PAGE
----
SUPER50: SCORPIONS SAY THEY WILL BE READY TO STING THIS YEAR
KINGSTON, Jamaica – New head coach Andre Coley said the weather has set back preparations, but the Jamaica Scorpions will be ready to face all challengers, when the Colonial Medical Insurance Super50 Cup begins on November 6 in St. Kitts and Trinidad.
It is to the good fortune of the Scorpions that the former national wicketkeeper/batsman and West Indies assistant coach has returned home following a few seasons with the Windward Islands Volcanoes. After all, it was Coley who guided the sub-regional side to the Super50 title two years ago.
The Scorpions have been pooled with reigning champions Combined Campuses & Colleges Marooners, as well as hosts Leeward Islands Hurricanes, regional powerhouses Barbados Pride and invitational side Canada for Group “A” matches which will be played at Warner Park and Conaree Sports Complex in St. Kitts for this year’s competition.
Last season, the Scorpions reached the semi-finals of the Super50, where they were tamed by the Guyana Jaguars. This followed a mixed performance in the group stage, where they won half of their games, where they had two of their batsmen finish in the top-five run-getters.
Coley spoke to CWI Media ahead of the competition and said he expected two of those batsmen, Andre McCarthy and Jermaine Blackwood, to again be part of the thrust to get the team to their first regional title in the Professional Cricket League era.
On coaching Scorpions and expectations for the Colonial Medical Insurance Super50 Cup:
It’s definitely a privilege to coach the Scorpions team. I am definitely looking forward to the season ahead. We have had decent preparation in and around a few setbacks with the weather, but which I believe has plagued the Caribbean. We are, however, confident we have put together a squad that is a good mix of youth and some experience, as well as some players in good form, so we are definitely looking forward to starting our season in a competitive way.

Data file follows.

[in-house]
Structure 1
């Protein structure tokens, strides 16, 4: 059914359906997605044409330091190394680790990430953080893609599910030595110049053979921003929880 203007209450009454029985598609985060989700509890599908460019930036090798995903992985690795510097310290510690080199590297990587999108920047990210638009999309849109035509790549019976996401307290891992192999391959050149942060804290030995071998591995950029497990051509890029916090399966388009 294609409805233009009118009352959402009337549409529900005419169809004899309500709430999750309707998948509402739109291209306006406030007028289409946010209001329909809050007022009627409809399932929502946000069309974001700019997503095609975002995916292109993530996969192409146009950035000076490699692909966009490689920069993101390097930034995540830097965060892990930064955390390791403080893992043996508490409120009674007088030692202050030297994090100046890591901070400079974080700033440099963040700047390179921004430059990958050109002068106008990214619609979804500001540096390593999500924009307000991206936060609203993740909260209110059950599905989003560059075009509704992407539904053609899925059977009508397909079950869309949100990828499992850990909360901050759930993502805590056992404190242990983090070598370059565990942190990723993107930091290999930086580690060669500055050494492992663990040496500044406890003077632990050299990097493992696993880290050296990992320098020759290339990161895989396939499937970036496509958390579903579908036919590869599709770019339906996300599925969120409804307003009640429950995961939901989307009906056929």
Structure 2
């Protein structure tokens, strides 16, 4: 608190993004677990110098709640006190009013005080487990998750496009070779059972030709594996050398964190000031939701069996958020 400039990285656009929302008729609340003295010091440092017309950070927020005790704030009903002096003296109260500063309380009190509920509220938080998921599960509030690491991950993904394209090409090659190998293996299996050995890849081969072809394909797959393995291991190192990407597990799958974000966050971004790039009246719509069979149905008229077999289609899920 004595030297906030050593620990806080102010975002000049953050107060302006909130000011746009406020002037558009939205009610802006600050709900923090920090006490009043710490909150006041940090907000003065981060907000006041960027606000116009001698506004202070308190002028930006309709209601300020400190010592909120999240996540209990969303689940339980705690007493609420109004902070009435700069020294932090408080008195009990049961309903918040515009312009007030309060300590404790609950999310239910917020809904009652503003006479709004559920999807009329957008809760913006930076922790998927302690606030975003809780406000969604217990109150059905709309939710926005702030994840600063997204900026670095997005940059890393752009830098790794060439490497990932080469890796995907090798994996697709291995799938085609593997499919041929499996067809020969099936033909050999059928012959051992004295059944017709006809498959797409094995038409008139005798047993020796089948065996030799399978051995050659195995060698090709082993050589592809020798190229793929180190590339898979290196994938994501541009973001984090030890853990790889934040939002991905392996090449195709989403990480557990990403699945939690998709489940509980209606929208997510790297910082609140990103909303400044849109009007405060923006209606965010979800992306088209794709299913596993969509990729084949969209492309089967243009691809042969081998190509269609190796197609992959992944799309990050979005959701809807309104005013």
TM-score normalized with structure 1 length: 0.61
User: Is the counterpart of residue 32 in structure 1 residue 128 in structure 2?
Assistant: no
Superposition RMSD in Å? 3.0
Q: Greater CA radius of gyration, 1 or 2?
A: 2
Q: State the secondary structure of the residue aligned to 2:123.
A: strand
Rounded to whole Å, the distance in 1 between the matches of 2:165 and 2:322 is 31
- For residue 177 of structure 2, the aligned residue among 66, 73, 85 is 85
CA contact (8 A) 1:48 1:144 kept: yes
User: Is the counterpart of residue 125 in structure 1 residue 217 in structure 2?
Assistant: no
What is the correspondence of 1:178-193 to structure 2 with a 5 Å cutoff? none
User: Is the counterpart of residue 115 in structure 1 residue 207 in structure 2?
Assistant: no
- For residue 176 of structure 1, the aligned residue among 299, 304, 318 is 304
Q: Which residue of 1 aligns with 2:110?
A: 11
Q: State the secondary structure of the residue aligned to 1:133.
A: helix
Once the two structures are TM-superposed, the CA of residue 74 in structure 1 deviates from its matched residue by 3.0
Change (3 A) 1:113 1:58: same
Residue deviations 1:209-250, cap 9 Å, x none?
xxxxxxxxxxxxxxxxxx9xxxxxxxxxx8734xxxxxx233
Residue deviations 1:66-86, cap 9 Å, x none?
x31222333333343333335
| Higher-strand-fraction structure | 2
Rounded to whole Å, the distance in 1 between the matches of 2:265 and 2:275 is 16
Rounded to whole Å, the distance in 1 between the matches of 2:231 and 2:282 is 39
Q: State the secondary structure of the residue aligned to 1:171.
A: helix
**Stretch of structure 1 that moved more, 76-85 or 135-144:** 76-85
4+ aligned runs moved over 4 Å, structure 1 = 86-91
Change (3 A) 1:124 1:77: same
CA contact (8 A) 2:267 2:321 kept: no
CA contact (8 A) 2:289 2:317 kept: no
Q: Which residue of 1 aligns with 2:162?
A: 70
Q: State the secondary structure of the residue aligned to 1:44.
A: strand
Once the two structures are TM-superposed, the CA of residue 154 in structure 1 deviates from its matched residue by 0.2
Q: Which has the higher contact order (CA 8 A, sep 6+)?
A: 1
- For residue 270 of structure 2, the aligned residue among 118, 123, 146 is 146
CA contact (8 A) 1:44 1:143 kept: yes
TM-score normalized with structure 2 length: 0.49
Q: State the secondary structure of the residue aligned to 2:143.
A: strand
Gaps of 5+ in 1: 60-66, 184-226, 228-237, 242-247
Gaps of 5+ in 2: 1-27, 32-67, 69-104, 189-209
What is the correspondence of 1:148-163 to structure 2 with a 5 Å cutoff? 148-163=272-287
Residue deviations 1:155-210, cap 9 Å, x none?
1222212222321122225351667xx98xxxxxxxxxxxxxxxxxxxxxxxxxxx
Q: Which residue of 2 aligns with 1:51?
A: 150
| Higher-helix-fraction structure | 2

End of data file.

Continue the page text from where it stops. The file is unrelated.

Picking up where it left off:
On coaching the Scorpions in the tournament, two years after leading Volcanoes to the title:
It is a privilege to be given an opportunity to coach a regional team. I don’t think there is anyone around that would say it is not a privilege to play or coach or manage a regional team. I think the interactions between me and the administration of the Jamaica Cricket Association was pretty positive. I am still in the information-gathering mode, having been in the job for six weeks, so we are just working towards putting a few strategies in place in terms of how we are going to achieve some of the objectives we have in mind.
On working with the recently retired Nikita Miller as assistant coach:
He is a very experienced campaigner having played at all the levels and have accomplishments at all the levels. He is in transition from playing to coaching and I kept him on board because (he was assisting in the period before I was appointed) and that partnership has been going well, so it will just be about developing that relationship and understanding how we work together.
On how preparations are unfolding:
From the fitness standpoint, the players have been making some gains. Our actual preparation in the middle has been curtailed by the weather, as well as the competition which would have been used to assist with the selection process. We have been able to have enough time though to make us feel confident of moving forward and we still have another 10 days before we travel and there is always time in between games to do a bit of work.
On where the strength in his team lies:
Our depth is reflected in our batting. We have the likes of Rovman Powell, who will captain the team, Jermaine Blackwood, Nkrumah Bonner and Andre McCarthy, who has done well in the tournament in recent times. We also have decent lower order batting, so the strength in our team will definitely be the batting. We have capable bowlers to form a solid bowling attack, even though it is young, but we believe we have enough skill in that department to be competitive.
On the group opponents:
In this format, it is important we respect the opposition, taking into consideration the environment in which we will be playing. In this version, any team that plays consistently well on the day will win the game, so it will be about taking one game, one opposition at a time. The reality that we play each other team twice will give an indication and an opportunity to perform, so we are looking to take it one opposition at a time relative to the conditions.
On a definition for success other than winning the competition:
It is a tournament, so the main objective must be to win. I don’t believe that development plays a significant part at this level in this kind of tournament, so the main objective must be to win, but if we can have consistency in all areas and we are able to show adaptability against the different opposition, that would be a plus.
Source: CWI Media
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